Fibroblasts (106) were washed twice in ice-cold PBS containing 50 µM Na3VO4, scrapped and sonicated in lysis buffer (PBS, pH 7.4, 0.5% Triton X-100, 80 mM glycerophosphate, 50 mM EGTA, 15 mM MgCl2, 1 mM Na3VO4, and protease inhibitor cocktail). Insoluble material was removed by centrifugation (20000 g, 20 min, 4°C). Protein concentrations were determined by BCAssay Protein Quantitation Kit. Equal amounts of proteins were heated for 5 min at 100°C in Laemmli sample buffer, resolved by SDS-PAGE under reducing conditions and transferred to nitrocellulose membranes. The membranes were placed in blocking buffer (5% (w/v) nonfat dry milk in Tris-buffered saline/Tween 20 (50 mM Tris, pH 7.5, 150 mM NaCl, and 0.1% (v/v) Tween 20)) for 1 h at room temperature and incubated overnight at 4°C with anti-phospho-ERK1/2 (T202/Y204), anti-ERK 1/2 (1/1000), anti-Neu-1 (1/200) or anti-β-actin (1/4000) antibodies. After five washings with Tris-buffered saline/Tween 20, membranes were incubated for 1 h at room temperature in the presence of horseradish peroxidase-coupled anti-rabbit antibodies or horseradish peroxidase-coupled anti-mouse antibodies (1/4000 and 1/10000 in blocking buffer, respectively). Immuno-complexes were detected by chemiluminescence. In order to evaluate ERK 1/2 phosphorylation, observed bands were analyzed using the densitometric PhosphorAnalyst software (Bio-Rad).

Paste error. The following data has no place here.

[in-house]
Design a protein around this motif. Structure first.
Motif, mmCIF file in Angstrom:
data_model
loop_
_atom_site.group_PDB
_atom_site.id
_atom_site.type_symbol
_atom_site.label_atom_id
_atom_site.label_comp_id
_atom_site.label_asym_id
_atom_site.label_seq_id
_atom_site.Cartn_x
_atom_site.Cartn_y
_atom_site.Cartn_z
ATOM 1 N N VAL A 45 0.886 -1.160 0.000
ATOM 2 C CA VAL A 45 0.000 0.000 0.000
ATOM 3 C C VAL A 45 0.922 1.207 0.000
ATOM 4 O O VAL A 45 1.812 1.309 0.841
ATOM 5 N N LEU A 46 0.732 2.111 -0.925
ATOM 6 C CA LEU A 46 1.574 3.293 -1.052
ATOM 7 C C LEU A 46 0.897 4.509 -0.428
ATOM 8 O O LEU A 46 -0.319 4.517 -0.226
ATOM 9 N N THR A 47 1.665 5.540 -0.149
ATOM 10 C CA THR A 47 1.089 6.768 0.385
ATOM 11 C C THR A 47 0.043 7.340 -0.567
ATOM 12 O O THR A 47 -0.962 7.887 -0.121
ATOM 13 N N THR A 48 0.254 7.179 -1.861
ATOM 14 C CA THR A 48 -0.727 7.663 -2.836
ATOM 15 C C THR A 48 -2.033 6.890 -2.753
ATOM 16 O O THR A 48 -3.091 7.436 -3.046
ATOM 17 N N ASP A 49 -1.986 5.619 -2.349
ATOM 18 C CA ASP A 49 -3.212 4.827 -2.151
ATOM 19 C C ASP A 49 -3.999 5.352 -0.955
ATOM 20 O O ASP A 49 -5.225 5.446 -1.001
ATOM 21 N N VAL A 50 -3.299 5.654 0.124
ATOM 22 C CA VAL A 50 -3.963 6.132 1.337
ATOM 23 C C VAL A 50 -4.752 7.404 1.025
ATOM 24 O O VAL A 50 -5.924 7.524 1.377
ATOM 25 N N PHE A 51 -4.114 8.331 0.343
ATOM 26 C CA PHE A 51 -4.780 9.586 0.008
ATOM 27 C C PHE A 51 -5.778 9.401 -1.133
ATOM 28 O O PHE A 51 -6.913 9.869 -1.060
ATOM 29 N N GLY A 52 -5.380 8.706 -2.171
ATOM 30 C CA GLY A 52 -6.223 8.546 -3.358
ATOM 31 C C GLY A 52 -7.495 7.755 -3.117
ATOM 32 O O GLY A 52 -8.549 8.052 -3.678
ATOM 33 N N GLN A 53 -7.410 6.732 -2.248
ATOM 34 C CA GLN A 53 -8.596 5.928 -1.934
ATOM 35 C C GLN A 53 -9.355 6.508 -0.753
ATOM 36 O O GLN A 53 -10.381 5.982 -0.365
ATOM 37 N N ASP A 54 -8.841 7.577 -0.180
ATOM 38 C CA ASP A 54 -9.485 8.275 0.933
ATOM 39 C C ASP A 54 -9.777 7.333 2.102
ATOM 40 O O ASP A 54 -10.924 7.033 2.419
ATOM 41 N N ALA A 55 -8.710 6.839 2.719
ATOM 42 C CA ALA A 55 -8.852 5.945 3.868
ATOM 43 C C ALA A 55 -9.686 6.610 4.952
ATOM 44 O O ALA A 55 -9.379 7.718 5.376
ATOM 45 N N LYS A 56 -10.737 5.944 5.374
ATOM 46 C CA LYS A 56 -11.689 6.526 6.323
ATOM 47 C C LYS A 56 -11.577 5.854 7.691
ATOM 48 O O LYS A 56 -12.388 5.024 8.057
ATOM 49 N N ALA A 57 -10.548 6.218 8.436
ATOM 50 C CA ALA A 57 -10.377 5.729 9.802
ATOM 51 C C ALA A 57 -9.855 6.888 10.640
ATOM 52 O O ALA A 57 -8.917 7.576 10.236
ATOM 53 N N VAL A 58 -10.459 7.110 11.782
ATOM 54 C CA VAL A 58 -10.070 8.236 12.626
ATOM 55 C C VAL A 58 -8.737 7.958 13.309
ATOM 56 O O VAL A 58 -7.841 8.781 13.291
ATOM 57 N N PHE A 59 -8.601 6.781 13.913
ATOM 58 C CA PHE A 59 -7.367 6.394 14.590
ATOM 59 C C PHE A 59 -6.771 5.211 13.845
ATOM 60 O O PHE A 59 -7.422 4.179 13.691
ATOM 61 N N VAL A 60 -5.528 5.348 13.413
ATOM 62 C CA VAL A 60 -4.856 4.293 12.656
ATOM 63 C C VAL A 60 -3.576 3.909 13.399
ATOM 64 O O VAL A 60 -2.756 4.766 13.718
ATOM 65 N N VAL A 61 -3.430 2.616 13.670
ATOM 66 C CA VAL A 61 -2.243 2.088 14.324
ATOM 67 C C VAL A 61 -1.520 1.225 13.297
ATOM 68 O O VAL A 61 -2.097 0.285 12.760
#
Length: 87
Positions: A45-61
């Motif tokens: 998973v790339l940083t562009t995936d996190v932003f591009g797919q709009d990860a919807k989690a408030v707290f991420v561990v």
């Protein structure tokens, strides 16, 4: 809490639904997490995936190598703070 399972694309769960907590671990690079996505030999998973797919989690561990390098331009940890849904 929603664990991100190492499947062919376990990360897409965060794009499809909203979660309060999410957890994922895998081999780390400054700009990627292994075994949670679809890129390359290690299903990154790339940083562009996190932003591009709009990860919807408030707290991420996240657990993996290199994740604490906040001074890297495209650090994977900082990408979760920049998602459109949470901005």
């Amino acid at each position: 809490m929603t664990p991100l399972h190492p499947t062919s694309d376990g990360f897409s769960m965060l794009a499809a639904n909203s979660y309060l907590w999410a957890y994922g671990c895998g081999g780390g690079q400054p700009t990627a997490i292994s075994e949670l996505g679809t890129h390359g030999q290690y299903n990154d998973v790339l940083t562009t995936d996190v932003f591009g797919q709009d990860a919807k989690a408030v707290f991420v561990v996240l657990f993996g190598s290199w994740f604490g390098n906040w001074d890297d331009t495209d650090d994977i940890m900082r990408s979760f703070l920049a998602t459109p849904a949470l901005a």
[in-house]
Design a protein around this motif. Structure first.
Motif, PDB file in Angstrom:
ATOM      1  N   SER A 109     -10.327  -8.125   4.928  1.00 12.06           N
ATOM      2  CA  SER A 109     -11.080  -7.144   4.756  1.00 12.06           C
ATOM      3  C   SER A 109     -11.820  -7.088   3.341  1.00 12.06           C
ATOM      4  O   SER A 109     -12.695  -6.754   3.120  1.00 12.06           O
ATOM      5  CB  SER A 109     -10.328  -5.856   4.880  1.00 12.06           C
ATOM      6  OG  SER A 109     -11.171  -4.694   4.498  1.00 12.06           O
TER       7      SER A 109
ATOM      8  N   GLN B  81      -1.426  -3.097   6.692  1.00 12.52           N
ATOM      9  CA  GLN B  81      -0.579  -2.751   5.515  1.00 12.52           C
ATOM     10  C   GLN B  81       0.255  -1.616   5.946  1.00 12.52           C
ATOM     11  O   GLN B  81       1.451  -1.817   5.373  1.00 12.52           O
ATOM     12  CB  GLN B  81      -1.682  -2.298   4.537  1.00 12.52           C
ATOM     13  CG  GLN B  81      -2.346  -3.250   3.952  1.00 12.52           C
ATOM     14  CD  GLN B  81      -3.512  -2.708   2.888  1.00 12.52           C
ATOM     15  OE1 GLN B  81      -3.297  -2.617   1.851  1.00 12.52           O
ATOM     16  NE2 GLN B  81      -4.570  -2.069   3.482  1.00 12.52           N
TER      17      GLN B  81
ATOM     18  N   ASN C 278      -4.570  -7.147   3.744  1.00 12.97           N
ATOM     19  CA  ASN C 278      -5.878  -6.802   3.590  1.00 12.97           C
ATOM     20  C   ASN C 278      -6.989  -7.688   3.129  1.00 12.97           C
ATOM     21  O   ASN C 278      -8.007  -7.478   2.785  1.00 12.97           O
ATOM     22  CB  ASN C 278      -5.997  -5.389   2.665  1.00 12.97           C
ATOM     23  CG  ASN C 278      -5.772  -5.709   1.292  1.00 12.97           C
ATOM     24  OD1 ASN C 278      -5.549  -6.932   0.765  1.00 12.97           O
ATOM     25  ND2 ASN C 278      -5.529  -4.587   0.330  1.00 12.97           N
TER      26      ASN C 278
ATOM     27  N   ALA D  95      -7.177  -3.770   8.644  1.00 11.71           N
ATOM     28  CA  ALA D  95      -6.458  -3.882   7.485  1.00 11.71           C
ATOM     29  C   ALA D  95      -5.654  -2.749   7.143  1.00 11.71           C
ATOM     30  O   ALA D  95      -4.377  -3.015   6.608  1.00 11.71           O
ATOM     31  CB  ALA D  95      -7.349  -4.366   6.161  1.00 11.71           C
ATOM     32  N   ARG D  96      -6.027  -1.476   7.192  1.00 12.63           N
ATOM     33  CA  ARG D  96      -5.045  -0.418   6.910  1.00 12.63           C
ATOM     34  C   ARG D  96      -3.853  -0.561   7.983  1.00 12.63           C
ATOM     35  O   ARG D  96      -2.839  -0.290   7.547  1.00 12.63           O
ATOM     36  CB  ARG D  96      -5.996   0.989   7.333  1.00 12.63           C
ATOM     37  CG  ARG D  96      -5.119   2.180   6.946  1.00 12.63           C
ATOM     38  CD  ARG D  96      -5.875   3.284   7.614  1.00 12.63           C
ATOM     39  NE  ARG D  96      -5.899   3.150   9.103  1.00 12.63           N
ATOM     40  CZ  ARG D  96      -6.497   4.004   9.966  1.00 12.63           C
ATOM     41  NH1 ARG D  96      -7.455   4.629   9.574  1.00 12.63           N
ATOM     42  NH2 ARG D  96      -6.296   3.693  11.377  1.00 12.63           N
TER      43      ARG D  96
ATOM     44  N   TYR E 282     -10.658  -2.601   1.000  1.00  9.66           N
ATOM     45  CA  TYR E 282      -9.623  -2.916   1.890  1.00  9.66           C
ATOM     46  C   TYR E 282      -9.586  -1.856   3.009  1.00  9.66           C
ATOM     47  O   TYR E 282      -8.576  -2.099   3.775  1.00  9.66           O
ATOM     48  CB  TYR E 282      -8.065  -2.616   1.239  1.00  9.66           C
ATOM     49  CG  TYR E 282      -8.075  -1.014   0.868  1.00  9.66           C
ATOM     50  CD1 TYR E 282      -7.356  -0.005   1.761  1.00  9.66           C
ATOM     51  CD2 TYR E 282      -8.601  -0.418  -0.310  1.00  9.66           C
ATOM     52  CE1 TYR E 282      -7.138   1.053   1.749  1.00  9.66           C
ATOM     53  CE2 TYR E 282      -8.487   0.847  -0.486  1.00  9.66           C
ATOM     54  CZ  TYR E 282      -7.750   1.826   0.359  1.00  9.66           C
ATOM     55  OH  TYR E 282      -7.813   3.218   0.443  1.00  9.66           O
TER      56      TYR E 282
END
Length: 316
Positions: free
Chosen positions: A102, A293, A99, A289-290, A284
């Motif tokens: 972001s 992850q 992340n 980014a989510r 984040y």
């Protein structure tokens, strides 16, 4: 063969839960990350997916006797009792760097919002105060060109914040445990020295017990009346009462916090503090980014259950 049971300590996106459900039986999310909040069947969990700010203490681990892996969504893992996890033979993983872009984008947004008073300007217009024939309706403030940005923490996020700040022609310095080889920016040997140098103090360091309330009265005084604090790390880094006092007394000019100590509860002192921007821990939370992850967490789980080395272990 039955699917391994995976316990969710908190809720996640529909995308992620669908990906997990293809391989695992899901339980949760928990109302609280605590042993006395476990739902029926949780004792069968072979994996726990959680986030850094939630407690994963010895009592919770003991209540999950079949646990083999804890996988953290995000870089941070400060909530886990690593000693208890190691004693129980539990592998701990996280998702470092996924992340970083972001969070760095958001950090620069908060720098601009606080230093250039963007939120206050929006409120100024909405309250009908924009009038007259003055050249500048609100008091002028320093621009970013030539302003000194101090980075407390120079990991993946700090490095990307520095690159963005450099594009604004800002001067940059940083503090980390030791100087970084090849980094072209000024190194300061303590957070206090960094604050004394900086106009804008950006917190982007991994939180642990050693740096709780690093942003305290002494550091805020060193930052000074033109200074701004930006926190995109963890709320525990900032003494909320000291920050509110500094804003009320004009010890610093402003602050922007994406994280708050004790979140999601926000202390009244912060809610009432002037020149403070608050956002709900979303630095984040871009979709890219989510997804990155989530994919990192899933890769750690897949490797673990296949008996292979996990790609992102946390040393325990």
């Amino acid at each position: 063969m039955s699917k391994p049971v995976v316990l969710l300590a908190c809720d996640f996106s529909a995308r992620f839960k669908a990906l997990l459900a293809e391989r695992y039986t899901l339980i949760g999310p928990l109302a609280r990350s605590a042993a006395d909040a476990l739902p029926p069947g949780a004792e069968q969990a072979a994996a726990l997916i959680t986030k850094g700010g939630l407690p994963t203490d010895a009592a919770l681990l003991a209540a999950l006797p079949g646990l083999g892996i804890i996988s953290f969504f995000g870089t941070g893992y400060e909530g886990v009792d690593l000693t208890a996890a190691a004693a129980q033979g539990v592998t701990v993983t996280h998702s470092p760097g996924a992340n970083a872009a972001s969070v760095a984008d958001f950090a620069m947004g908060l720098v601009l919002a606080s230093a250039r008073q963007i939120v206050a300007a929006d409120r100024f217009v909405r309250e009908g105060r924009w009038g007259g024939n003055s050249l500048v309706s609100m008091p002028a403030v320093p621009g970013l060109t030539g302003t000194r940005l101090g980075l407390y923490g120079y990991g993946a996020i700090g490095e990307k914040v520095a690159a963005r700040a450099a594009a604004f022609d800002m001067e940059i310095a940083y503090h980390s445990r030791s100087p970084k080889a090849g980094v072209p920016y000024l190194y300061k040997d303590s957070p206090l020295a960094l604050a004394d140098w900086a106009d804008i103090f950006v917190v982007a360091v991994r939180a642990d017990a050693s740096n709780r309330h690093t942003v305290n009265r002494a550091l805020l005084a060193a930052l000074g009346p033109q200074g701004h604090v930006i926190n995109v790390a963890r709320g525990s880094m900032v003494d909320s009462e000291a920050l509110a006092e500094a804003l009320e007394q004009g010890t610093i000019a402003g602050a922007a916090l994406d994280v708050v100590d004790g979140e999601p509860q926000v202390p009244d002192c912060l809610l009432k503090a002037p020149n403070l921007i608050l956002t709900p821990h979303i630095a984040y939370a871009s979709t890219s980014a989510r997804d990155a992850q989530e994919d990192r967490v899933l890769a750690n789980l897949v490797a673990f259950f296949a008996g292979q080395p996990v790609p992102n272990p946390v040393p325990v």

Neu-1 siRNA gene silencing

Fibroblasts were grown on 6-well plates to 70% confluency in DMEM containing 1 g/l of glucose, glutamax I and pyruvate, supplemented with 10% FCS and in the presence of 5% CO2. For siRNA transfection, we used the predesigned silencer Neu-1 siRNA from Ambion (5′-GGCGAGGAAAAUGUCCUCATT-3′ (forward), 5′-UGAGGACAUUUUCCUCGCCTC-3′ (reverse); ID: 8481, distributed by Applied Biosystems, Courtaboeuf, France) as they are very efficient Neu-1 siRNA [9]. The negative control siRNA (SNC siRNA) was also purchased from Ambion (cat. n°AM4611). Cells were trypsinized, centrifuged (400 g, 10 min, 20°C), then 400 000 cells were nucleofected. After nucleofection (Nucleofector, Amaxa Biosystems, Germany) with Neu-1 or SNC siRNA (100 pmol), fibroblasts were cultured on 6-well plates for 48 h and cell extracts were analyzed by Western-blotting as described above.

Statistical analysis